Woman On Top

on September 22, 2000 by Annlee Ellingson
   The title "Woman on Top" means exactly what you think it does. Cursed with acute motion sickness since she was a little girl, Isabella ("All About My Mother's" Penelope Cruz) can only control it when she's controlling her motion: She always drives, always leads when dancing and always stays on top when, well, you know what. These tendencies cause her macho Brazilian husband Tonino (Murilo Benecio) to stray, and, disillusioned by his infidelity and his habit of cooping her up in his restaurant kitchen while he takes credit for her exquisite cuisine, Isabella disappears, moving to San Francisco to pursue a career as a professional chef.

   Accepting a small position as a teacher at a culinary school, Isabella soon attracts the attention of a struggling television producer named Cliff, who promptly offers her her own cooking show. Her spicy food and sensuality make her something of a local celebrity, and eventually the network executives come knocking at her door. Meanwhile, Tonino has figured out where she is and is constantly serenading her in the hopes of rekindling their love.

   Cruz is stunning in the role--innocent and vulnerable yet possessing a mature grace and determined strength, all while sizzling with unchecked sensuality. Remarkably, director Fina Torres' ("Celestial Clockwork") graceful touch occasionally eclipses even her muse. One can practically taste Isabella's culinary creations and literally feel the primal beat of Brazil.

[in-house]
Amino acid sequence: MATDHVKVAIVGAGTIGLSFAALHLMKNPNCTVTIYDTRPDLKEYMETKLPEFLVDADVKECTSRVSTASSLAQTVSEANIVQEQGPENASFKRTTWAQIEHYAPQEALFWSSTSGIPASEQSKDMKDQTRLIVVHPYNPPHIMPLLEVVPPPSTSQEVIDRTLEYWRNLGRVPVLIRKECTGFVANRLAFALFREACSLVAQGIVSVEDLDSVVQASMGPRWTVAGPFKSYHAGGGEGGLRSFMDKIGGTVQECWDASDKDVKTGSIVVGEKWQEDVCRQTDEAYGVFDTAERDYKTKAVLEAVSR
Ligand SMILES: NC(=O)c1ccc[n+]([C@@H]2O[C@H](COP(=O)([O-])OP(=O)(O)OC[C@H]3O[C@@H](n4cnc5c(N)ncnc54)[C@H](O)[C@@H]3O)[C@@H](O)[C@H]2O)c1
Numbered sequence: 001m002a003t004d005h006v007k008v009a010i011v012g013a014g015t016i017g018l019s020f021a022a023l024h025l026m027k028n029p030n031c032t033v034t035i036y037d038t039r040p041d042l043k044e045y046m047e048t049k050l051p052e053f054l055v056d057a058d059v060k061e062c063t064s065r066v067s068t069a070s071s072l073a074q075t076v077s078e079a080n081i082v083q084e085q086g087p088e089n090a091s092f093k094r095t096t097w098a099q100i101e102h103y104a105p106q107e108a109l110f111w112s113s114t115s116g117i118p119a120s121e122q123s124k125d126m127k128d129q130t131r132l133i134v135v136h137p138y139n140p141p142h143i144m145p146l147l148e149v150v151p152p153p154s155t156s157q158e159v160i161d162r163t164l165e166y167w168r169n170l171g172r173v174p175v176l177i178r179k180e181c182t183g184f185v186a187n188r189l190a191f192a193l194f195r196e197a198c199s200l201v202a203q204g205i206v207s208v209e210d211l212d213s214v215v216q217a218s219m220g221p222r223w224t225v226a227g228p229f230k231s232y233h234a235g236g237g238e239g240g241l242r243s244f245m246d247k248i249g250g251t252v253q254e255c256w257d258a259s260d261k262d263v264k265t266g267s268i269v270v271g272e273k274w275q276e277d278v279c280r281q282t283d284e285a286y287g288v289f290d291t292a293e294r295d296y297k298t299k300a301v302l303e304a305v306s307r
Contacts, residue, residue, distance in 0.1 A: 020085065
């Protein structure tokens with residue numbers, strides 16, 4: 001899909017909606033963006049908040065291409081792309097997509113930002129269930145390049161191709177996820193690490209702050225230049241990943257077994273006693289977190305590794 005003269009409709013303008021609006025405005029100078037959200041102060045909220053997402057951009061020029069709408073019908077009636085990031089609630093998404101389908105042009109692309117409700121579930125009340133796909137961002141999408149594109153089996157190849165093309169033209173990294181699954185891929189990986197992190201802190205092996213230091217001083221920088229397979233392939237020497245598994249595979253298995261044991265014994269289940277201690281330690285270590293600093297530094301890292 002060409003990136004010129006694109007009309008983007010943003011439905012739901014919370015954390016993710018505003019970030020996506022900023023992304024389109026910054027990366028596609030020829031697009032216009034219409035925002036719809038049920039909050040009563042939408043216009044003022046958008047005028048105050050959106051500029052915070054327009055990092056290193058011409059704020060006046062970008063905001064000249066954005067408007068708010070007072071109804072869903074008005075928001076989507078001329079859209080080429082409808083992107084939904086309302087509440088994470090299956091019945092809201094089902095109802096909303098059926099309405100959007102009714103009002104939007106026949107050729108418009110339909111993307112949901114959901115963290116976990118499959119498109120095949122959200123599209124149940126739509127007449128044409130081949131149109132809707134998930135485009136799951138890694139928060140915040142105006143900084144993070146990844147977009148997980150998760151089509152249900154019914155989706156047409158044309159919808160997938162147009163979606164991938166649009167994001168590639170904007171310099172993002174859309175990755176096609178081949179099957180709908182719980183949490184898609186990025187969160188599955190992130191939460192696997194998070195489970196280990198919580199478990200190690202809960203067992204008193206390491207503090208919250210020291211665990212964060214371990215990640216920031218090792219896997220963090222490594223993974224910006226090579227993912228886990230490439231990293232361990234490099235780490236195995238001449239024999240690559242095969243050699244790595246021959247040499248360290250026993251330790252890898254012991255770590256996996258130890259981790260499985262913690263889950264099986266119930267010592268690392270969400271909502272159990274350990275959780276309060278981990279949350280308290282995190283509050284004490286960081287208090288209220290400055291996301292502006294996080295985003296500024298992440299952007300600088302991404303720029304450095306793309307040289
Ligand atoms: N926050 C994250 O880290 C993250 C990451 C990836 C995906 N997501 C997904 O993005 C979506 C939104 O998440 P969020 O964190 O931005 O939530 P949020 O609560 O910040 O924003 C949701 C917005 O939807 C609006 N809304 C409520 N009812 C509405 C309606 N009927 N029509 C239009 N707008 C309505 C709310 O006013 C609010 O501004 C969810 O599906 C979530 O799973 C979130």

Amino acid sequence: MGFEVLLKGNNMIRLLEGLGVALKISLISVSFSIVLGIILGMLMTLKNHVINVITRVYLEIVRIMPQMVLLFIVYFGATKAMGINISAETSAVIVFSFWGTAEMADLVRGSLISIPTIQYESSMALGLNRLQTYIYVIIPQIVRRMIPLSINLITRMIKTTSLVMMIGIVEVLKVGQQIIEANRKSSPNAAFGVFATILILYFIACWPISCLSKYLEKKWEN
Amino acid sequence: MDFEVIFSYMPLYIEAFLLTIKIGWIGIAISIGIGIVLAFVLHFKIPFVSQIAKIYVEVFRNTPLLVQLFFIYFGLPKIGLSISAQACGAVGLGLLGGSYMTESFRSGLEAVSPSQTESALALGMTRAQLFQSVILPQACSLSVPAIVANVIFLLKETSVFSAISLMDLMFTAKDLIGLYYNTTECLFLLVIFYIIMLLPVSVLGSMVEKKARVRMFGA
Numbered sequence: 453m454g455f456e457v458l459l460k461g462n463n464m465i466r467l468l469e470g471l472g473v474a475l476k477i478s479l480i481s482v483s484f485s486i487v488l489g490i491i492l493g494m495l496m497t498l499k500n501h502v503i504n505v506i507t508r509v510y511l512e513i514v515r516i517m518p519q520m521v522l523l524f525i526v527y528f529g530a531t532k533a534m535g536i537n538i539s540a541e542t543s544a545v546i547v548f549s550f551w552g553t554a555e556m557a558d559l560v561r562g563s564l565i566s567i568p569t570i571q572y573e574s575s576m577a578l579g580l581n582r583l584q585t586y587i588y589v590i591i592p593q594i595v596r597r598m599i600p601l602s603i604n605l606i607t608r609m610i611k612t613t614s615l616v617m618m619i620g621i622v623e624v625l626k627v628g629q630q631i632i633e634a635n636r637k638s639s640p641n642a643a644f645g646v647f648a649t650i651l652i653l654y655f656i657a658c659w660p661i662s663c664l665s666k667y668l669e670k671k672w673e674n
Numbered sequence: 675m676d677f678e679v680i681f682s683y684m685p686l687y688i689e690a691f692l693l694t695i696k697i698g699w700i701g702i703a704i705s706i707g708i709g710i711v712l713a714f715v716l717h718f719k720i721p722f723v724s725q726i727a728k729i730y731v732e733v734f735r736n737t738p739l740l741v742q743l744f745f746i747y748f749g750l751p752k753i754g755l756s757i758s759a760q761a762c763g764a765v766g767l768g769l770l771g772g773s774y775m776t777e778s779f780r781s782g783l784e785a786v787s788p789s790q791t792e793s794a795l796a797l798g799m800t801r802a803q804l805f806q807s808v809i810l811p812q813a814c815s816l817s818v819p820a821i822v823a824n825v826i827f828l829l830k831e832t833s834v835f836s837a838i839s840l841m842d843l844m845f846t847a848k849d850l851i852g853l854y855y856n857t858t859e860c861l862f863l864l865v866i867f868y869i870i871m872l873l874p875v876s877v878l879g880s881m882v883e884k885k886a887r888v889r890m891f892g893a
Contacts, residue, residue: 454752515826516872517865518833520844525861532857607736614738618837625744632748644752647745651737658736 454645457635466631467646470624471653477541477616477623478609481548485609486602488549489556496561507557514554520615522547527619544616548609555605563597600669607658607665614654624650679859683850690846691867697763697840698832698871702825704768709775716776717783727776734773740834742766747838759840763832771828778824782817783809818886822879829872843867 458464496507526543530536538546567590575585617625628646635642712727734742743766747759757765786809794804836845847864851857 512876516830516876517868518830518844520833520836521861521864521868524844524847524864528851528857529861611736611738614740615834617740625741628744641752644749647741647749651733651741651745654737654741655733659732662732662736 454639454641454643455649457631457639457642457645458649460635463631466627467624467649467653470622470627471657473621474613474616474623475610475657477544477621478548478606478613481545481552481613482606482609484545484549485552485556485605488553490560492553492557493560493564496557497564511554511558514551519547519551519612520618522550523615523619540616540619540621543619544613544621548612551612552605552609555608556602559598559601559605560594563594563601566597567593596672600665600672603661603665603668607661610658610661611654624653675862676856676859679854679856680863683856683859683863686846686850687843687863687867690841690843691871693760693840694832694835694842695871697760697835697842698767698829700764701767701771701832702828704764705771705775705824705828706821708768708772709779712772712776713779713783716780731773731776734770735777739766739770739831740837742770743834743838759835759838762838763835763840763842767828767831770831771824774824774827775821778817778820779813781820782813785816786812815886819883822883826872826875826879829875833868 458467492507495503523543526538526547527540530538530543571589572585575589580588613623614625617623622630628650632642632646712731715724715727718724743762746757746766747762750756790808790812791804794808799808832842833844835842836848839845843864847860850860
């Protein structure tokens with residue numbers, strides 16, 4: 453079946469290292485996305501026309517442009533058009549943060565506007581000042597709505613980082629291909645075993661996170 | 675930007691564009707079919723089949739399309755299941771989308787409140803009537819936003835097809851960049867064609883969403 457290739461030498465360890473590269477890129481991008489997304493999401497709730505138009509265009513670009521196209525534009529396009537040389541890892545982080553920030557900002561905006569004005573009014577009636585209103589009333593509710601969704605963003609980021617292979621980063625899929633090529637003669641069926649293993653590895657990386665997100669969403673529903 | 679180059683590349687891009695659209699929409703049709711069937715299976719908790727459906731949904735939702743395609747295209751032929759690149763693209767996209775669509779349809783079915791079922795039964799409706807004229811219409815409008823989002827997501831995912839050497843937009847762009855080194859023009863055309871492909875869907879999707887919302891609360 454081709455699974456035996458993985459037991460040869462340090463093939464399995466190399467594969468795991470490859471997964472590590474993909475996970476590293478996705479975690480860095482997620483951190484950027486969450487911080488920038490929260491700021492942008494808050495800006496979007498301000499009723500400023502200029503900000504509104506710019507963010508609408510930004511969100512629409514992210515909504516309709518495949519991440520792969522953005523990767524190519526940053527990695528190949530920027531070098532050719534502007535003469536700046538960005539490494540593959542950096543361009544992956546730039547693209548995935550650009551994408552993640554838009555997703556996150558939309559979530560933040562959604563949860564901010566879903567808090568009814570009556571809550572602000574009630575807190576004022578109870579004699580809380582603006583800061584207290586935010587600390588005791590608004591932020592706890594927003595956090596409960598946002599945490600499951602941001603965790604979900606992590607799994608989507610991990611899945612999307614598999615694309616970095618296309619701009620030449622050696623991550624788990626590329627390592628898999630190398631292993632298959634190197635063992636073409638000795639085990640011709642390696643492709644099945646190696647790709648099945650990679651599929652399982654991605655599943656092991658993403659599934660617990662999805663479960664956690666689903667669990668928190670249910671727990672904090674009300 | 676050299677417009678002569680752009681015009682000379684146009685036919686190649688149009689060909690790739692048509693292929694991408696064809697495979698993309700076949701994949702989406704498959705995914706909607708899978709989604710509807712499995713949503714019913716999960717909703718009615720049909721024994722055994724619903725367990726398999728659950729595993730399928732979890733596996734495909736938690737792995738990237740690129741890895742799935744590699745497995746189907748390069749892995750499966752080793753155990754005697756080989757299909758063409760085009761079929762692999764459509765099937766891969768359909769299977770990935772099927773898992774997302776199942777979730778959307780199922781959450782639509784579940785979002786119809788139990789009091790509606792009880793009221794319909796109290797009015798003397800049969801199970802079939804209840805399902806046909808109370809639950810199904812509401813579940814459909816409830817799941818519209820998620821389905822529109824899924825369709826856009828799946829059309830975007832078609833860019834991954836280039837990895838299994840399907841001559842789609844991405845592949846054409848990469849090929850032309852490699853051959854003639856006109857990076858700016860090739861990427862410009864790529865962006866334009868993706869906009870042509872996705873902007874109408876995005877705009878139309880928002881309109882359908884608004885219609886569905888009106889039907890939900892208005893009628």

But it's her moments of magic that make "Woman on Top" so special: The scent from Isabella's kitchen wafts across the city; sparkly fish swim in an otherwise static painting; Isabella herself sinks to the bottom of the sea to confront the goddess who keeps her from her love.

   This kind of innocent vision leaves itself open to inherent problems: In the way he's written and performed, Cliff, who serves as a romantic alternative for Isabella, shares little onscreen chemistry with her, and his infatuation with her borders on clownish. Still, Fox Searchlight is perceptive in pushing this as their most important summer release. Surely her first starring role in an English-language film will propel Cruz to stardom among the art-house crowds who have enjoyed her Spanish films thus far. Starring Penelope Cruz and Murilo Benecio. Directed by Fina Torres. Written by Vera Blasi and June Roberts. Produced by Alan Poul. A Fox Searchlight release. Romantic comedy. Rated R for some strong sexuality and language. Running time: 90 min

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